Incentive to Retrench? Institutional Moral Hazard among Federal & State Social Assistance Programs after Welfare Reform
Zachary Parolin () and
No 1802, Working Papers from Herman Deleeck Centre for Social Policy, University of Antwerp
This paper investigates whether interactions of federal- and state-administered social assistance programs in the United States provide state governments a financial incentive to cut back on cash assistance for low-income families. We test two complementary hypotheses: First, that the federally-financed Supplemental Nutrition Assistance Program (SNAP) and Supplemental Security Income (SSI) programs act as insurance mechanisms for retrenchments in cash assistance through the state-administered Temporary Assistance for Needy Families (TANF) program, and second, that the structure of TANF provides states a financial incentive to cut back on cash assistance. Applying a differences-in-differences approach on household income data from 1997 to 2014, we find that the federal government insures states for more than half of their retrenchment in TANF cash assistance: A $50 decline in state spending on cash support leads to an average $27 increase in federal social assistance expenditures. We find that 39 percent of statesâ€™ retrenchment in TANF cash assistance is reallocated toward a broad set of expenditures that might otherwise have to be funded through general state revenues. Our findings suggest that state governments have a financial incentive to disinvest in TANF cash assistance and instead shift the burden of social assistance to the federal government.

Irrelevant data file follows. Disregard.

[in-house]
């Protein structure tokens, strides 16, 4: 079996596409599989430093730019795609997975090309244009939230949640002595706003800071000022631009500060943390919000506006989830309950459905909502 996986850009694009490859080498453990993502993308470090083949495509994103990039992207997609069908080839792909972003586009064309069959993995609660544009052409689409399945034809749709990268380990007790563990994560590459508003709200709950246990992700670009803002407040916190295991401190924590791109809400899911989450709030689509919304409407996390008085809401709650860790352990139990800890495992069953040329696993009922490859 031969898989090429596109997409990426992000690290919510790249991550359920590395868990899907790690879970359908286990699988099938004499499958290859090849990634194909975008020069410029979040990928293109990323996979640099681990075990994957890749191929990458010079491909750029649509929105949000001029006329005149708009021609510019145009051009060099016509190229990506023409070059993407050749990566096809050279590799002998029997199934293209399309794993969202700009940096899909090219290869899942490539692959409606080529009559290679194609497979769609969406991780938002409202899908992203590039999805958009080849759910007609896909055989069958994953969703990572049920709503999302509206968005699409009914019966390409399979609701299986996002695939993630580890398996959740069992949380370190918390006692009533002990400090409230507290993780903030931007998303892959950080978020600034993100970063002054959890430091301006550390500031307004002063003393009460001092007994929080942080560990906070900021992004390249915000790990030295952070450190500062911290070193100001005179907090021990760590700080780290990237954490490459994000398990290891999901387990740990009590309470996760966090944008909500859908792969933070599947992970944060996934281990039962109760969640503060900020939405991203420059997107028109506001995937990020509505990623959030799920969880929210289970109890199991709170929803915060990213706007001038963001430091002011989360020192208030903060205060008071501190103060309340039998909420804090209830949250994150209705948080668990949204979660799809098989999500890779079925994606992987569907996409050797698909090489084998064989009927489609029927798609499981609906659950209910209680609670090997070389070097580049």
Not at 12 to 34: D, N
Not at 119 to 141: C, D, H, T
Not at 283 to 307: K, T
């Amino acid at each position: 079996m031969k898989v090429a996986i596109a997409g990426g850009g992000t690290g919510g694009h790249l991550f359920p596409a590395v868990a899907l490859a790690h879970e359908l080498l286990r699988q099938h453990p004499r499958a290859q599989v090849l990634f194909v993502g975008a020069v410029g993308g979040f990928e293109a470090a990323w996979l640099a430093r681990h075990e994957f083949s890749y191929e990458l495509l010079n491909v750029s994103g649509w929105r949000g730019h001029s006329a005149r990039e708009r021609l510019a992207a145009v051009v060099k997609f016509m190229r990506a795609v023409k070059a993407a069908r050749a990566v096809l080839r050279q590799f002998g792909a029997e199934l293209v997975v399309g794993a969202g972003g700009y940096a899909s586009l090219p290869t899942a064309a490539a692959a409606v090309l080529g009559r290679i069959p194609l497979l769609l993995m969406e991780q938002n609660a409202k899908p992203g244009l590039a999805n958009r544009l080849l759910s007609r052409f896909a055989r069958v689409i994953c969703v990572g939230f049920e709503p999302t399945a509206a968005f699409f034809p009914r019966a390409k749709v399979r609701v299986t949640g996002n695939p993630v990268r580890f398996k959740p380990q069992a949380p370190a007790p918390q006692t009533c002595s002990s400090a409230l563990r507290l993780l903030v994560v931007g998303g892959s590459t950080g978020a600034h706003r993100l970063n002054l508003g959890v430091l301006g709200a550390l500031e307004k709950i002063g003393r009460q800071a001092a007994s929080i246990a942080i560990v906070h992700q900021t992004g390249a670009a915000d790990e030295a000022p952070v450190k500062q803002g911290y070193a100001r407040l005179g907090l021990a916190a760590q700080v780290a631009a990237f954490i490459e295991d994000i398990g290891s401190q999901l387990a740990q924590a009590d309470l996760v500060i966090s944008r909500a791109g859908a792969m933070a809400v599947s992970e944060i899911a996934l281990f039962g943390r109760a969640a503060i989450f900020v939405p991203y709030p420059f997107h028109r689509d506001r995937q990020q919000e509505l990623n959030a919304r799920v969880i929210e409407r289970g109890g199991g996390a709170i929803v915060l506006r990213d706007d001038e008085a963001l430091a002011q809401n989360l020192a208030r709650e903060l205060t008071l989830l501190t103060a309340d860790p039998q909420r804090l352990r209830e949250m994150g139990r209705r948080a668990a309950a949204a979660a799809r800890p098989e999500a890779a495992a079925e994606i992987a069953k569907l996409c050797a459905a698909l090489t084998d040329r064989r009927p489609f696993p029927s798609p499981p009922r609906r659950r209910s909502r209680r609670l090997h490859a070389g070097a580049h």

Keywords: federalism; Institutional moral hazard; social policy; Supplemental Nutritional Assistance Program; Supplemental Security Income; Temporary Assistance for Needy Families (search for similar items in EconPapers)
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